Penstemon flower or the beardtongue, is big variety of Eastern Asian and North American flowering plants previously belonging to the Scrophulariaceae group (Cronquist system). A detailed genetic study has now placed the Penstemon among the immensely extended group Plantaginaceae. Even though they are widely spread throughout North America and seen in both the moist forests, the barren regions, as well the alpine zones, they are not found easily.
Photo by: Stan Shebs
Their foliage is diametrically opposite to each other, shaped partially like a tube. The seeds are in capsules and the blossoms are twin-lipped. The peculiar characteristic of this variety is the conspicuous staminode, a sterile stamen. The staminode takes a variety of shapes in different species but basically, they are an elongated filament protruding into the opening of the corolla. Certain types of penstemon flowers are fully hairy and longer giving the impression of an open mouth with a protruding hairy tongue jutting outwards, giving it the name “beardtongue.”
Most of the Penstemons are partly-evergreen perennials or deciduous. The rest is sub-shrubs or shrubs. They grow to a height of 10 cm and even up to 3 meters.
How to Cultivate Domestically
Preparation for Planting
Photo by: Kurt Stüber
Penstemons require low maintenance cost and little effort to grow. The apt location for growing Penstemons is bright sun with properly drained soil. In order to prevent the soil from getting waterlogged. You would do well to grow your Penstemons on inclined landscape or elevated beds. Penstemon plants tolerate dryness, since they opt for dry and well drained conditions of the soil. If your soil is not but sand based you must modify it when growing perennial Penstemon.
Plant your Penstemon during the spring. While planting, separate the plants according to their type and keep a distance of 1 to 3 feet between the plants. Never allow for crowding the plants. Till your soil and loosen it up to a depth of 12 to 15 inches using a tiller or garden fork and then add compost to a thickness of 2 to 4 inches. Make a hole of diameter twice that of the pot the plant is in, transplant the plant from the container and place it in the hole with care, so that the root ball is level with the surface of the soil. Cautiously fill soil around the root ball and gently firm it down. In the garden, choose a soil that drains quickly for planting your Penstemons.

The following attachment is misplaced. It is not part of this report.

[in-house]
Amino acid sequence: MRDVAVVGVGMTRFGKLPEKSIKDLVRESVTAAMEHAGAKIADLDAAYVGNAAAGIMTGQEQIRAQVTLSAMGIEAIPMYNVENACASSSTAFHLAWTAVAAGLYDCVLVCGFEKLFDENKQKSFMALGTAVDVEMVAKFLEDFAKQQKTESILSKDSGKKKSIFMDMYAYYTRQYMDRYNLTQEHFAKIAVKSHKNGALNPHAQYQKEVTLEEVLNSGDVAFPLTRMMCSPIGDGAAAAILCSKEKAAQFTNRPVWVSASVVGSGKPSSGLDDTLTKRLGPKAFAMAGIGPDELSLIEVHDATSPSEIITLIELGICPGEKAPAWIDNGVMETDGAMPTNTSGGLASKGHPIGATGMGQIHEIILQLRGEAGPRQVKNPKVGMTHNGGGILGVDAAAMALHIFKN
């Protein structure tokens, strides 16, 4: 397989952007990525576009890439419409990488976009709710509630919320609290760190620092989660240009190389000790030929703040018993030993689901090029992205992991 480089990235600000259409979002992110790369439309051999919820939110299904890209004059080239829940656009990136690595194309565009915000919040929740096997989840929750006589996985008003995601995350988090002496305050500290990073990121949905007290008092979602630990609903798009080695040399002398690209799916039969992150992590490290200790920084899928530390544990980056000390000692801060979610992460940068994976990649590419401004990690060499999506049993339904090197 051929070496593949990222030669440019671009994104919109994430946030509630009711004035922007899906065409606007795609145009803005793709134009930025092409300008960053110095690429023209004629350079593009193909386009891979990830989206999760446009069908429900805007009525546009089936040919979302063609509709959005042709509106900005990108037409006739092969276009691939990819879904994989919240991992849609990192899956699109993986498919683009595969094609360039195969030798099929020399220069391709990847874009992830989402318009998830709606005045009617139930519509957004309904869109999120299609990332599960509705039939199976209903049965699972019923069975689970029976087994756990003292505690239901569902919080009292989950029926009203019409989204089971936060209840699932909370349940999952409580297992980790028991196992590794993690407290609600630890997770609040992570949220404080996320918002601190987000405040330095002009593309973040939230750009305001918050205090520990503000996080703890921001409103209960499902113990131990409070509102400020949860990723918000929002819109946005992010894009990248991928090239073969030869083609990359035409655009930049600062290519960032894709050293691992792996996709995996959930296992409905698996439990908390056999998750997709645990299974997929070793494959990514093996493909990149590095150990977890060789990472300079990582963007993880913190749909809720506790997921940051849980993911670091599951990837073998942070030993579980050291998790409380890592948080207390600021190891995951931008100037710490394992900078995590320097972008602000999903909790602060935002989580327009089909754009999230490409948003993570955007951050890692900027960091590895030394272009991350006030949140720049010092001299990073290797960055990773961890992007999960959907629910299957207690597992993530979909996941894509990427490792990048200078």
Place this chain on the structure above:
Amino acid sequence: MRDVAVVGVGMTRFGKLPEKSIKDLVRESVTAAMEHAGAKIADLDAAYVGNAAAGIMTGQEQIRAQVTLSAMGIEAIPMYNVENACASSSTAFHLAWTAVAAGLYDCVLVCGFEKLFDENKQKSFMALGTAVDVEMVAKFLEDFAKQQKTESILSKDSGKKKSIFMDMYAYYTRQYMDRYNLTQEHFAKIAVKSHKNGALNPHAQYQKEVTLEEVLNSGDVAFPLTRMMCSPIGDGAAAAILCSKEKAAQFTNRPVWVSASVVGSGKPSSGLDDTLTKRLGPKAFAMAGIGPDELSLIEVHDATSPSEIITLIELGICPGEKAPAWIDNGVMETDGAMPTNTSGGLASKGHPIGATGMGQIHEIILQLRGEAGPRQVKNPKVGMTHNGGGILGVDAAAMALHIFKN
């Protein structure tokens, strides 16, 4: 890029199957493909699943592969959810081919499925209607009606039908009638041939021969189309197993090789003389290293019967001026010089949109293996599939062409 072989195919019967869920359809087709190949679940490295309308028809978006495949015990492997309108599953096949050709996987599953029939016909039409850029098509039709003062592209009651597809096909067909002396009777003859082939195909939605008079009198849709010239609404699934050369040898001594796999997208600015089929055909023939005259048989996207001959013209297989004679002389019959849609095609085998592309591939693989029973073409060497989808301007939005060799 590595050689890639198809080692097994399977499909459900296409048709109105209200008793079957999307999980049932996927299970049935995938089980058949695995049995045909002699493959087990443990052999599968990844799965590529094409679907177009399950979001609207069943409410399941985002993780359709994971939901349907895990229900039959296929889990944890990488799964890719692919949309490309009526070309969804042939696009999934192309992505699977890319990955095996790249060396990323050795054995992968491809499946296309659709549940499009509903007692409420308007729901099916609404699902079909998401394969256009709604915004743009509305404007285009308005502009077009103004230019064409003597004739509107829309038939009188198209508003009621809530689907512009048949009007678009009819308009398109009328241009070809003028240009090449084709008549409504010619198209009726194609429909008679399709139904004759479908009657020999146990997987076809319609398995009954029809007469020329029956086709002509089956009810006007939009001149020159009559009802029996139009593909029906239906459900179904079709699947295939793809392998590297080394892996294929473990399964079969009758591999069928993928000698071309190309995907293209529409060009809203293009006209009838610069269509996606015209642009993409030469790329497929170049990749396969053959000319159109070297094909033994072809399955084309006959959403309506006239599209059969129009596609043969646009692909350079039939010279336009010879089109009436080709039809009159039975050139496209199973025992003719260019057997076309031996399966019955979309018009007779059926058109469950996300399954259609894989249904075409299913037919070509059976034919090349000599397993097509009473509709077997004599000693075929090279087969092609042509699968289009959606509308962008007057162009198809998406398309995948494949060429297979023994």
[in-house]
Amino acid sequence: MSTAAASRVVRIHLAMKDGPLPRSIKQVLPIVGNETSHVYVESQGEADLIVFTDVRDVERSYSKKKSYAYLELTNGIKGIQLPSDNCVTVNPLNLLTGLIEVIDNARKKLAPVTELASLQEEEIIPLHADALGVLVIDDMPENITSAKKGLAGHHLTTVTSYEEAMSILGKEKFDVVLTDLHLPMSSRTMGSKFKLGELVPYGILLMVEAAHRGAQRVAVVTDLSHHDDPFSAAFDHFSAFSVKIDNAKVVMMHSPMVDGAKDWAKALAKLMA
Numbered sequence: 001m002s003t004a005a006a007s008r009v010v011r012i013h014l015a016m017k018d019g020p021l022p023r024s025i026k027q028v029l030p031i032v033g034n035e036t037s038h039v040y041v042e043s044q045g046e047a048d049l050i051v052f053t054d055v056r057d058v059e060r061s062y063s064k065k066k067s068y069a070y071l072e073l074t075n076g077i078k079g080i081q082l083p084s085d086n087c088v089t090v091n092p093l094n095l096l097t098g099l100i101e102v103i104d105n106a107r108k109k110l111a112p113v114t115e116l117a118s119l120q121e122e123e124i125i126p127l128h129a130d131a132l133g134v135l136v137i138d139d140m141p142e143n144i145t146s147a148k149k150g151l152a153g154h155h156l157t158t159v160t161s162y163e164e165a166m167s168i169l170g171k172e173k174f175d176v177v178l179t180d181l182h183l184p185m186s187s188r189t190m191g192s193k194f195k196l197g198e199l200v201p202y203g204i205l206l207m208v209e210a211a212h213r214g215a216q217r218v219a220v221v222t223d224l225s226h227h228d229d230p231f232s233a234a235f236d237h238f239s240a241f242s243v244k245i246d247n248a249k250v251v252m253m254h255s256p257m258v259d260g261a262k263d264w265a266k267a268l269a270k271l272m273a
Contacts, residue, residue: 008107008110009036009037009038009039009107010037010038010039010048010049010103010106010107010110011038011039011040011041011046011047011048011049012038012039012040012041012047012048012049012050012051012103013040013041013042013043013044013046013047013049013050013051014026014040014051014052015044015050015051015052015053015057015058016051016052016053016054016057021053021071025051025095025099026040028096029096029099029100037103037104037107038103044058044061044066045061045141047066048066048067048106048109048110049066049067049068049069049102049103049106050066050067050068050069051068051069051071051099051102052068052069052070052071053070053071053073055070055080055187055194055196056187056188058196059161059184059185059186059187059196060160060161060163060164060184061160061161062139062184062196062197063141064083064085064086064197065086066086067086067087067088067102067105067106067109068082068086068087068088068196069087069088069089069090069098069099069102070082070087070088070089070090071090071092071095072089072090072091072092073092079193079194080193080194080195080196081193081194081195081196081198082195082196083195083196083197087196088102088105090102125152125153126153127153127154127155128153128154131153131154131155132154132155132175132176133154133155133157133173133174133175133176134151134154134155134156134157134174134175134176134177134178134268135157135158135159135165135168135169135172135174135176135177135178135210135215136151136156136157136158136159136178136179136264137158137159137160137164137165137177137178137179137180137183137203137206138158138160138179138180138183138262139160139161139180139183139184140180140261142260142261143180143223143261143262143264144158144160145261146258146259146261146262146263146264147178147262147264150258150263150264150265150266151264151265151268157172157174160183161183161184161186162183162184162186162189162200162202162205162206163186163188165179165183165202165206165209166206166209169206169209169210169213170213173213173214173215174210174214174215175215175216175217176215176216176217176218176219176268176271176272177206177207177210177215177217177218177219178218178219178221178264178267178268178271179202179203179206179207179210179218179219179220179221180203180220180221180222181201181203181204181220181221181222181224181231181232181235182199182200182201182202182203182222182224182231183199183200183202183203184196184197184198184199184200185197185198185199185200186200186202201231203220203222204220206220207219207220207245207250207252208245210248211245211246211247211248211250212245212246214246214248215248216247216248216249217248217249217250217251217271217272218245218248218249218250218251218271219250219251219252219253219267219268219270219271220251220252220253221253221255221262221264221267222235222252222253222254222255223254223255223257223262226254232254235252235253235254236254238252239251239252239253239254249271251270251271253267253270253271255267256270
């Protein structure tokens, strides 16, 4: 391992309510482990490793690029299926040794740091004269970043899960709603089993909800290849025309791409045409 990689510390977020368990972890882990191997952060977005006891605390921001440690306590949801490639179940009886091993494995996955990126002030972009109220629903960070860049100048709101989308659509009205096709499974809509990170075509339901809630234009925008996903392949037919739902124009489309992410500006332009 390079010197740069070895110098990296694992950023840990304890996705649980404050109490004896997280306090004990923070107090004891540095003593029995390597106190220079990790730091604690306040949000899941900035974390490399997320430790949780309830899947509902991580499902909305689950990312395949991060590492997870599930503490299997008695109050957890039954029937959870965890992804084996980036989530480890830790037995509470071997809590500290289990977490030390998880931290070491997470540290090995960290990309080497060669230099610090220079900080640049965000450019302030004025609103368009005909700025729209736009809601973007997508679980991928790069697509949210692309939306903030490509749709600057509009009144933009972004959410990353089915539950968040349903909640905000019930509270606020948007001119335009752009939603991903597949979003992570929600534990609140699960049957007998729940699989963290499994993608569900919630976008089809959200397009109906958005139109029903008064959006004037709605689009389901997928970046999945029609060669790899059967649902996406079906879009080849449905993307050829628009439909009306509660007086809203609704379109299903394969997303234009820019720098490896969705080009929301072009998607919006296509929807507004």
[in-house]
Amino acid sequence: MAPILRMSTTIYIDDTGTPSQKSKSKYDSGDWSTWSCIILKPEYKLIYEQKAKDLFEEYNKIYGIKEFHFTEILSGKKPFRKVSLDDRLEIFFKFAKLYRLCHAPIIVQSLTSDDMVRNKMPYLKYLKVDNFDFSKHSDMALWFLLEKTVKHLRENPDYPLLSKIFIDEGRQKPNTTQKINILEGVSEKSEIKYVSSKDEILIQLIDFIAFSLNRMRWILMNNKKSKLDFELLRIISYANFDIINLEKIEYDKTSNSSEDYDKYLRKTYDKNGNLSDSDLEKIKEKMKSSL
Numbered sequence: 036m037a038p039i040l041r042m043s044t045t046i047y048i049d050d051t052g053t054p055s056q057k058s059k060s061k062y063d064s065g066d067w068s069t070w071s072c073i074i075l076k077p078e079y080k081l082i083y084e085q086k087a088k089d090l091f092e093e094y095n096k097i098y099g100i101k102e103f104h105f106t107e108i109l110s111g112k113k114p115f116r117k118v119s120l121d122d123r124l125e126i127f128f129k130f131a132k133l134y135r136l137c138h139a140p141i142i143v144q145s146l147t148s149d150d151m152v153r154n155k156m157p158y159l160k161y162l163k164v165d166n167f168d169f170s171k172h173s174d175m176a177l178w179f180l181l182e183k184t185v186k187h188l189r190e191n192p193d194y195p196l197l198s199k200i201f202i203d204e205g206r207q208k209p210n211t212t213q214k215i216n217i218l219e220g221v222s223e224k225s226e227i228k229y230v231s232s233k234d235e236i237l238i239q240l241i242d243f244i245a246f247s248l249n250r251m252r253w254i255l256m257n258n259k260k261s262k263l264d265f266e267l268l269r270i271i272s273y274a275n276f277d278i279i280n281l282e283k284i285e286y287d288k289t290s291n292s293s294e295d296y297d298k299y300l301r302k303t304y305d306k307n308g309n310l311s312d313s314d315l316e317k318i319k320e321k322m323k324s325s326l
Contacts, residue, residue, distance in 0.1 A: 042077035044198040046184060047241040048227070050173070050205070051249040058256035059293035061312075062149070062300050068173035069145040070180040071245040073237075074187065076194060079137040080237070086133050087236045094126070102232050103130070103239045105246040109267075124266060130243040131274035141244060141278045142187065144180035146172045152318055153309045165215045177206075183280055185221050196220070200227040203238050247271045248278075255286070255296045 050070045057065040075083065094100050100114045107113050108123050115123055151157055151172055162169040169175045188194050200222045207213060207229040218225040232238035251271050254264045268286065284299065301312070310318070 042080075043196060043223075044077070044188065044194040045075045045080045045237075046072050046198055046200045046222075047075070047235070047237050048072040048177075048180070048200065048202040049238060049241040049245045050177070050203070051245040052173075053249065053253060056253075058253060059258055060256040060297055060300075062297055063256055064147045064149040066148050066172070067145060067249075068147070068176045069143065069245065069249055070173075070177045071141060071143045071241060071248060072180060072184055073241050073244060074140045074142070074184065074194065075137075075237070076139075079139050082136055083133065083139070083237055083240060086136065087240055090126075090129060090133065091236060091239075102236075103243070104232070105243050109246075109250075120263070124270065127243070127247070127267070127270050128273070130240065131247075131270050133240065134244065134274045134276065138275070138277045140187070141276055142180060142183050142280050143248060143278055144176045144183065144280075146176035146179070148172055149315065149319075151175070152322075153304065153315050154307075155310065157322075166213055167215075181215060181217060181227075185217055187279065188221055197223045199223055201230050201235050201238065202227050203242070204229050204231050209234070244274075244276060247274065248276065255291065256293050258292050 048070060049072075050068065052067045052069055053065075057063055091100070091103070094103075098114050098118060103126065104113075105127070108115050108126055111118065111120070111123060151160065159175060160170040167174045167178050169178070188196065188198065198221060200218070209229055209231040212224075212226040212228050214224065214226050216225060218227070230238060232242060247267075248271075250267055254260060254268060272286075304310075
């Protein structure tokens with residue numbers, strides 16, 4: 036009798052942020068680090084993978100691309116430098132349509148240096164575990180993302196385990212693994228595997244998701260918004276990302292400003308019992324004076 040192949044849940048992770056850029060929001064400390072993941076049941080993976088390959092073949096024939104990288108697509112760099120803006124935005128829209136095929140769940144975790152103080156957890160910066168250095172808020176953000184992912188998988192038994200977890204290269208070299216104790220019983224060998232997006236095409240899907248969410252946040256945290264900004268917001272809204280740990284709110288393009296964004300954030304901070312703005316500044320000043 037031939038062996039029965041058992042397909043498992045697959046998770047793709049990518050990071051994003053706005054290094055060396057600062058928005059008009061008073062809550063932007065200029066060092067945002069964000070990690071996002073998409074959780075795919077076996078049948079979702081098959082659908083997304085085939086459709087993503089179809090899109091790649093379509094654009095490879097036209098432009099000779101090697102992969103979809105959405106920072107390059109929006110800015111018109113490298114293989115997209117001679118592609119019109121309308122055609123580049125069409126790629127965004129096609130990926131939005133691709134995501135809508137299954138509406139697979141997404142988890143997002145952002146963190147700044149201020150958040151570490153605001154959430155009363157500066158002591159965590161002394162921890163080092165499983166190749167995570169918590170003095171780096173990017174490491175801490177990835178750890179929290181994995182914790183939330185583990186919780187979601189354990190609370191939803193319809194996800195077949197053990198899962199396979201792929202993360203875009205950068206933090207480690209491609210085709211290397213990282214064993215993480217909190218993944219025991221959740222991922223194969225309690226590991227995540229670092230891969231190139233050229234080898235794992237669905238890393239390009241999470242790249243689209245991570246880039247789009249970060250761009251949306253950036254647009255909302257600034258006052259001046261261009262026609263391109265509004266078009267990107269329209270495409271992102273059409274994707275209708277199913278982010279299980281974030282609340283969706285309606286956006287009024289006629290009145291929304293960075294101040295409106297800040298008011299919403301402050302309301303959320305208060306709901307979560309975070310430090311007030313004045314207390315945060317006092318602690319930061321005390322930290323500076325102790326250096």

- Supplement the planting hole thoroughly with organic fertilizers and water.
- Use a hand cultivator (a tool that appears like a claw) and separate the roots at the base.
- Plant your Penstemon in your rock garden or on the perimeter of your garden.
- In case you reside in zone 6 or 7 plant your Penstemon near a sunny wall for protecting them.
- Every spring, apply a little organic fertilizer to the base of your plant.
Placement and Watering
Keep the pots outside in your garden away from direct sunlight. Water your plants every week at the start of summer, particularly if you have located your plants in a dry or extremely hot area. Avoid excess watering since Penstemons can tolerate drought once they settle.
Bloom Time: based on the species the plant blooms in late summer or late spring.
Once blooming is over, snip each stem immediately near a pair of leaves that are on the verge of sprouting. You have chances for obtaining fresh blossoms in early or late summer.
As Cut Flowers
Photo by: Stan Shebs
Many consider Penstemons as plants made for pleasure as a genus of a plant that forms a part of the natural ecological system or as a decoration in your home landscape. However, even though they are not the ideal cut flowers, many enthusiasts do often use the penstemon flowers for their cut flower requirements.
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